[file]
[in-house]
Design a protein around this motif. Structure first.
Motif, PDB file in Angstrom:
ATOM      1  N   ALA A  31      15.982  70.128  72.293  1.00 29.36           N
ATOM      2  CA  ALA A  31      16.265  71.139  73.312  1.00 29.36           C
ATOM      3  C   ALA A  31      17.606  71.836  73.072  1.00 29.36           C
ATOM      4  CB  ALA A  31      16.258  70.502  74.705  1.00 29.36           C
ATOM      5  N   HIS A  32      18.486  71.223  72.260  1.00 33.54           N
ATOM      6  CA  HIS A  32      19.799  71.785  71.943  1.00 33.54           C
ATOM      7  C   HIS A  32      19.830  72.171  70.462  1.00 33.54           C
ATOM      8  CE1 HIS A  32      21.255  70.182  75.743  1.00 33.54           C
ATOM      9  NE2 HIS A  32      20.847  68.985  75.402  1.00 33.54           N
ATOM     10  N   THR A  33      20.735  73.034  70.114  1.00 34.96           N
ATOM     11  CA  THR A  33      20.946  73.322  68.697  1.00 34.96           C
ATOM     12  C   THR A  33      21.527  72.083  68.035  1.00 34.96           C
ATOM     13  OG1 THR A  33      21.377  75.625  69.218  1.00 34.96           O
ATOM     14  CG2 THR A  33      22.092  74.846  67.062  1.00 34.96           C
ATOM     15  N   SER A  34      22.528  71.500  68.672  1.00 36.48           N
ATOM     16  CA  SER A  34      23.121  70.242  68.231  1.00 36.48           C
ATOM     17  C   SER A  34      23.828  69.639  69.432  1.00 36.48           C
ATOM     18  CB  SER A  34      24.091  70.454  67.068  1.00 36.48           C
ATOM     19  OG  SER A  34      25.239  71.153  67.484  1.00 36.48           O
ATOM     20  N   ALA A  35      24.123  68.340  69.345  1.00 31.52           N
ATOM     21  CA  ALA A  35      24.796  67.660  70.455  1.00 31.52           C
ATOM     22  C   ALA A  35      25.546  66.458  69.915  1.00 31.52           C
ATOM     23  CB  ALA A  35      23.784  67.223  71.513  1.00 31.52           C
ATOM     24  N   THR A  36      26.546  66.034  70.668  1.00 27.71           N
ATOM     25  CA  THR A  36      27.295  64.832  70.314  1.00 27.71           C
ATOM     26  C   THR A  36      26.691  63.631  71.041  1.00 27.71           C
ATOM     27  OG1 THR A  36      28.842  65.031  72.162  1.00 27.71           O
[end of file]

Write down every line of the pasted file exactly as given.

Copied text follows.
[in-house]
Design a protein around this motif. Structure first.
Motif, PDB file in Angstrom:
ATOM      1  N   ALA A  31      15.982  70.128  72.293  1.00 29.36           N
ATOM      2  CA  ALA A  31      16.265  71.139  73.312  1.00 29.36           C
ATOM      3  C   ALA A  31      17.606  71.836  73.072  1.00 29.36           C
ATOM      4  CB  ALA A  31      16.258  70.502  74.705  1.00 29.36           C
ATOM      5  N   HIS A  32      18.486  71.223  72.260  1.00 33.54           N
ATOM      6  CA  HIS A  32      19.799  71.785  71.943  1.00 33.54           C
ATOM      7  C   HIS A  32      19.830  72.171  70.462  1.00 33.54           C
ATOM      8  CE1 HIS A  32      21.255  70.182  75.743  1.00 33.54           C
ATOM      9  NE2 HIS A  32      20.847  68.985  75.402  1.00 33.54           N
ATOM     10  N   THR A  33      20.735  73.034  70.114  1.00 34.96           N
ATOM     11  CA  THR A  33      20.946  73.322  68.697  1.00 34.96           C
ATOM     12  C   THR A  33      21.527  72.083  68.035  1.00 34.96           C
ATOM     13  OG1 THR A  33      21.377  75.625  69.218  1.00 34.96           O
ATOM     14  CG2 THR A  33      22.092  74.846  67.062  1.00 34.96           C
ATOM     15  N   SER A  34      22.528  71.500  68.672  1.00 36.48           N
ATOM     16  CA  SER A  34      23.121  70.242  68.231  1.00 36.48           C
ATOM     17  C   SER A  34      23.828  69.639  69.432  1.00 36.48           C
ATOM     18  CB  SER A  34      24.091  70.454  67.068  1.00 36.48           C
ATOM     19  OG  SER A  34      25.239  71.153  67.484  1.00 36.48           O
ATOM     20  N   ALA A  35      24.123  68.340  69.345  1.00 31.52           N
ATOM     21  CA  ALA A  35      24.796  67.660  70.455  1.00 31.52           C
ATOM     22  C   ALA A  35      25.546  66.458  69.915  1.00 31.52           C
ATOM     23  CB  ALA A  35      23.784  67.223  71.513  1.00 31.52           C
ATOM     24  N   THR A  36      26.546  66.034  70.668  1.00 27.71           N
ATOM     25  CA  THR A  36      27.295  64.832  70.314  1.00 27.71           C
ATOM     26  C   THR A  36      26.691  63.631  71.041  1.00 27.71           C
ATOM     27  OG1 THR A  36      28.842  65.031  72.162  1.00 27.71           O